LOUISVILLE, Ky. (WDRB) -- Bill Riggle is 69 years old and has mowed grass for decades. He cuts several lawns in the Northfield neighborhood off of Brownsboro Road.

But after a new sales tax on some services took effect last month, he now says grass isn’t the only thing getting cut; so is his bottom line.  

“They'll say ‘Hey, can we save a little bit here if you don't trim this week?’” said Todd Riggle, Bill's son and the owner of Papaw's Lawn Maintenance. “You lose 10 yards, and that adds up into $300, [which is a major] loss of income. So now it's coming out of our pocket.”

The Riggles' clients are blaming the new 6 percent sales tax on some services that took effect last month in Kentucky. Some lawmakers consider lawn care a luxury, so it took the hit, while other services did not.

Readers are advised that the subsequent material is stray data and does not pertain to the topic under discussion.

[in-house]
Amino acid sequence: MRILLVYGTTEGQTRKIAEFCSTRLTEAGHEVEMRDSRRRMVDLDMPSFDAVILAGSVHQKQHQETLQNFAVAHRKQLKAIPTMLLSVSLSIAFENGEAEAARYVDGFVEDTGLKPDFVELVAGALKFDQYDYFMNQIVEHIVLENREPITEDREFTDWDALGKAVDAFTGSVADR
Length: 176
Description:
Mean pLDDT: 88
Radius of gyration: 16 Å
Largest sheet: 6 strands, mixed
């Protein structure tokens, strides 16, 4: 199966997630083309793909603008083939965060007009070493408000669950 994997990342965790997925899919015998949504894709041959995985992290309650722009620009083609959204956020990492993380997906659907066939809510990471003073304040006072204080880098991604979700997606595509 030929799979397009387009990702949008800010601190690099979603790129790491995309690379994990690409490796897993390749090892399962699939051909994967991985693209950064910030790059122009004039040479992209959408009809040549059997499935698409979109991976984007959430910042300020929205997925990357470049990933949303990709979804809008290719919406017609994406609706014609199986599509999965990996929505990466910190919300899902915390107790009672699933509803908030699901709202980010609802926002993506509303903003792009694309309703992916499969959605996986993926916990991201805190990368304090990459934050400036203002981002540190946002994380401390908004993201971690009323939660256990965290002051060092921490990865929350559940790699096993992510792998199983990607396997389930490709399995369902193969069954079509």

“I talked to a painter just the other day,” Todd Riggle said. “They don't have to pay it.”

He said most of their clients are elderly and can't mow on their own. He said they can’t afford lawn maintenance, especially if they’re on fixed incomes.

“For them, it’s not a luxury,” Todd Riggle said. “That's a big concern, because these people don't have an option.”

Some lawmakers say this tax reform will actually put more money in people's pockets. While they're paying more for some services, income taxes are decreasing.

“Right now, we are the 10th-lowest personal income tax for people in the country, and we want to get that even lower,” Rep. Ken Fleming said.

There are several layers to the tax reform bill, and some pieces may change how people are taxed on fixed incomes. Some retirees will actually end up paying more, because they’re getting less of a tax break on retirement income.

Ultimately, lawmakers say the fights not over, and they're still looking for solutions.

“We are trying to address those issues for those individuals who are on a fixed income by looking at some kind of increase and standardized exemption or giving a credit,” Fleming said. “And that is not off our radar screen.”

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